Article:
It needed Manny Pacquiao barely 24 minutes to prove that Oscar de La Hoya could no longer give and take punches.
Weeks before the Pacquiao-de La Hoya fight took place on December 6, 2008, the Pacman’s chief trainer Freddie Roach had assessed that the Mexican-American legend can no longer pull the trigger and that his ward, a 1-to-2 underdog fighting as a welterweight for the first time, will easily win.
And in mere eight rounds, the then 29-year-old showed prizefighting’s Golden Boy himself and the entire boxing world that his partner for seven years’ statement was correct and not made only to sell the expected 12-round classic.
Oscar realized that while sitting on the stool in his corner following less than half-an-hour punishment the fleet-footed Filipino dealt him, rendering his left eye swollen, his face bruised, bloodied and all that led his handlers throw the towel to stop the carnage and save him from more serious injury.
“My heart still wants to fight, that’s for sure,” De La Hoya told television interviewer after his technical knockout loss in a clear indication that he intended to end his decade and-a-half fighting career highlighted by a gold medal victory in the 1992 Olympic Games in Barcelona.
“When your physical (attribute) doesn’t respond anymore, what can I do? he asked. I hve to be smart and make sure I think about my future plans.”
Paquiao’s domination of De La Hoya came was shocking and humiliating coming from the hands of a smaller and shorter fighter who, only nine months earlier had been fighting at 130 pounds and 13 years back at 109 pounds.
The beating he received was so severe, De La Hoya had to be taken to the hospital after the smoke of battle had cleared. The most popular fighter of his generation was so dominated he won just one round on one ringside scorecard and none on the other two.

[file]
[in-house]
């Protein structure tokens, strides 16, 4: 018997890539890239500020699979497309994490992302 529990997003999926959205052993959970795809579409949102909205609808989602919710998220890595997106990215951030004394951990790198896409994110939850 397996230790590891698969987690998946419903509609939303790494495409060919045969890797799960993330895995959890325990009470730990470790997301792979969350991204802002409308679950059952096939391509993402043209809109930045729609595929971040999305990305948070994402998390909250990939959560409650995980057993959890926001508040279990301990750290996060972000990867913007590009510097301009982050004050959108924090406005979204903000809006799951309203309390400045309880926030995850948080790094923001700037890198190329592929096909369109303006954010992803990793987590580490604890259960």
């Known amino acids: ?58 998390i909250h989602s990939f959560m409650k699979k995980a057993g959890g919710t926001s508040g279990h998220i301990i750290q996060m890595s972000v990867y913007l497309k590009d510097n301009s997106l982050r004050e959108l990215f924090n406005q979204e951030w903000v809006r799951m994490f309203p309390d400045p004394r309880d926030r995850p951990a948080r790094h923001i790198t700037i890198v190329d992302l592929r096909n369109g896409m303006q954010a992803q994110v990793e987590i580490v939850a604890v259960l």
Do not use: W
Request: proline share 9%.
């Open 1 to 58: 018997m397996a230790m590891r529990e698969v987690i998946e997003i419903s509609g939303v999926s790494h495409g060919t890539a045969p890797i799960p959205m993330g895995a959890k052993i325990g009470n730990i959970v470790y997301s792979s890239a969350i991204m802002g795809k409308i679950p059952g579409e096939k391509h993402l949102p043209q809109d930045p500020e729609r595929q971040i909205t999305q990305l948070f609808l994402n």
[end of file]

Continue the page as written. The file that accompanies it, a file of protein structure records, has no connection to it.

“We knew we had him right after the first round.” Roach, who a one time also trained DLH, to this writer . “He had no legs, he was hesitant and was short.”
De La Hoya who had a bitter exchanges of harsh words with Roach during the pre-fight media conference, admitted the trainer’s statement himself when he approached Roach after the verdict was announced, saying, “Freddie, you’re right, I just don’t have It anymore.”
Making the move from lightweight to welterweight, Pacquiao completed his “Fighter of the Year” campaign, in a spectacular manner. The win was his third in 2008, two of them for world titles in his third of what turned eight-division championship conquests.
That, too, made him s of the modern day Henry Armstrong, the pound-for-pound legend who, 70 years earlier who simultaneously held plums in three weight divisions.
Manny kept Oscar off-balance with movements consistently outworking him and rocking him with hard left hands in every round. He led by nearly shot out scores of 80-71, 80-71, 79-72.
De La Hoya’s career was a remarkable story that started with his Olympic medal-winning stint as an amateur. He emerged as the biggest box office attraction in the sweet science sport. His fights almost always sold tickets.
Pacquiao attributed his victory to his speed, which he said he and Roach concentrated during training. “That’s where we focused on everyday in the gym. Speed, speed was the key to this fight. I focused on speed in training, that’s why I won.”
Pacquiao was magnanimous in triumph telling De La Hoya after the bout: ”You’re still my idol, ” by way of paying tribute to his nemesis.
To which DLH retorted: “No. You’re my idol now. “
De La Hoya confessed Pacquiao was too powerful and fast, “ I didn’t know where his punches were coming and when they would come.”
The post-fight statistics revealed Pacquiao landed 224 of his 585 thrown shots to to just 83 of 402 for his The Filipino icon, likewise, had the upper hand in the power punches department, connecting 1955 of 333 to Oscar’s 51 of 164.